Rene Celestin of Obo and Michael Courcoux of Ubi Bene

PARIS Obo, the fashion and luxury events company founded by René Célestin, has acquired Ubi Bene, an agency that specializes in more mainstream, blockbuster events.

The move comes as the rise of digital channels adds pressure on brands to come up with increasingly imaginative ways to stand out in a crowded landscape — which is at the heart of their business.

The agencies struck up a relationship as joint organizers of the L’Oréal Paris fashion show on the Champs-Élysées in Paris in 2017.

“When L’Oréal called us, they were convinced we wouldn’t get along,” laughed Célestin, speaking from a table in the modern kitchen area of the agency’s Paris headquarters. 

“Agencies tend to be competitive and control freaks, but we worked very well together. We were surprised to see that we had fairly different businesses but, at the same time, share common ground,” he said. 

Obo specializes in organizing and producing events and visual content for clients mostly from the luxury industry — in fashion, but also in entertainment and the arts. Fashion shows have come to hold a slightly smaller proportion of the business over the years, while the ever-growing Met Gala is a key event for the agency. Célestin founded the agency in New York in 2000, and also has offices in London and Paris.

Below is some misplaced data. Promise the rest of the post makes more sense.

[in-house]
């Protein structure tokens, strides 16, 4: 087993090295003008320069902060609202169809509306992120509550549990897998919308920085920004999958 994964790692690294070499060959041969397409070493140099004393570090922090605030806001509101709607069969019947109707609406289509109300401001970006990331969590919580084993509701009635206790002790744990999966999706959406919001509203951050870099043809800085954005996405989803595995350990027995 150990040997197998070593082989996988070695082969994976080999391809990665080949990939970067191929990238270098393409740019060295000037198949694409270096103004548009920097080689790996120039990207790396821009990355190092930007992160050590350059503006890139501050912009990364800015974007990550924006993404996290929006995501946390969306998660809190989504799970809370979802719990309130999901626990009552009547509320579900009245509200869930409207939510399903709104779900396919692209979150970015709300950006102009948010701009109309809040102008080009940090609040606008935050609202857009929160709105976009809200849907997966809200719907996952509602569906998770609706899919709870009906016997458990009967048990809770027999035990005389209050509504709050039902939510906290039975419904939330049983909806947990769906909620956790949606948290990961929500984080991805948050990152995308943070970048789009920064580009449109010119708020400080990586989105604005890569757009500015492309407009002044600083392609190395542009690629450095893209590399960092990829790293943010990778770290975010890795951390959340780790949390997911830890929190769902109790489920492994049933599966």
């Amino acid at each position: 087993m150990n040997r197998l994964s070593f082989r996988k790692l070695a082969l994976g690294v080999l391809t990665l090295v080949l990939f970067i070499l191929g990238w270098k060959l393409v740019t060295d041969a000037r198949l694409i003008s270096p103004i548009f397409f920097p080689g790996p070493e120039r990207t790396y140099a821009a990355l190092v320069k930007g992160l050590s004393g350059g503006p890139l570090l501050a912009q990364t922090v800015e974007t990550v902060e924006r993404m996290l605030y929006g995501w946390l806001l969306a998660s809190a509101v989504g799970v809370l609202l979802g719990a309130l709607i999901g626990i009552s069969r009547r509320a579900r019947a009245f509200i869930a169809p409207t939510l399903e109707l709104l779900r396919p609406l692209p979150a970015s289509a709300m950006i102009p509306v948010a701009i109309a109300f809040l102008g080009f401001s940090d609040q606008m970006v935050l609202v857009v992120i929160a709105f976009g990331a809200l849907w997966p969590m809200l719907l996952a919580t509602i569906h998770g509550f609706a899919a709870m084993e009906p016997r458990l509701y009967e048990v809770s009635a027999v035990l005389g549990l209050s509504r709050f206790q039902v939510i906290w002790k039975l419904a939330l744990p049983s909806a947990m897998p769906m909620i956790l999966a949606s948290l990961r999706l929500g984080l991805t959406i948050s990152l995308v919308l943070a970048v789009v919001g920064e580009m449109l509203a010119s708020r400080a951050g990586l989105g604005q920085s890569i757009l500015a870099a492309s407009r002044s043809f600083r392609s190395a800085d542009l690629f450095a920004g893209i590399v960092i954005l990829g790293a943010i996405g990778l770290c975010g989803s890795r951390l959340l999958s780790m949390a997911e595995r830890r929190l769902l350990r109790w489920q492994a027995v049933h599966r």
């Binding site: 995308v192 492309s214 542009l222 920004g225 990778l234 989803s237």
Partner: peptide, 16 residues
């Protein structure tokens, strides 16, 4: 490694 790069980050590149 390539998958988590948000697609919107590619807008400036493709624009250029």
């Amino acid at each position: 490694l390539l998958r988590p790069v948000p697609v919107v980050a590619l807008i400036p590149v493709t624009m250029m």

Ubi Bene, which is known in Paris for its work on the city’s winning 2024 bid for the Olympic Games, focuses on events intended for a more “mass market” audience. 

The agency counts Adidas, Netflix and Ikea among its clients, and recently organized a zipline from the Eiffel Tower for Perrier ahead of the French Tennis Open, Roland-Garros tournament.

Through the tie-up, the agencies seek to offer “surprising yet distinguished brand experiences to the general public,” said Michael Courcoux, managing director of Ubi Bene. Courcoux joined the agency 16 years ago, working alongside founder Thierry Reboul, who has since left to work on the committee organizing the Paris games. 

The agency set up sports events on the Seine river, as part of a strategy to make the city center a key part of the Olympic Games bid. The pre-Olympic Games events continued last weekend, shutting down the Place de la Concorde for sports activities, as some Paris Men’s Fashion Week showgoers might have noticed.

In an era where different industries seem to be converging, with fashion designers and retailers getting more involved in events organizing themselves, the pair said their business tactic is to raise the level of creativity and originality of their offers. 

“We try to do something new each time we work with a client,” said Courcoux. 

 “Our obsession is to continue to be as creative as possible and to do things that others don’t — that’s what makes the difference — it’s what it did for each of us, and together it should be stronger,” added Célestin. 

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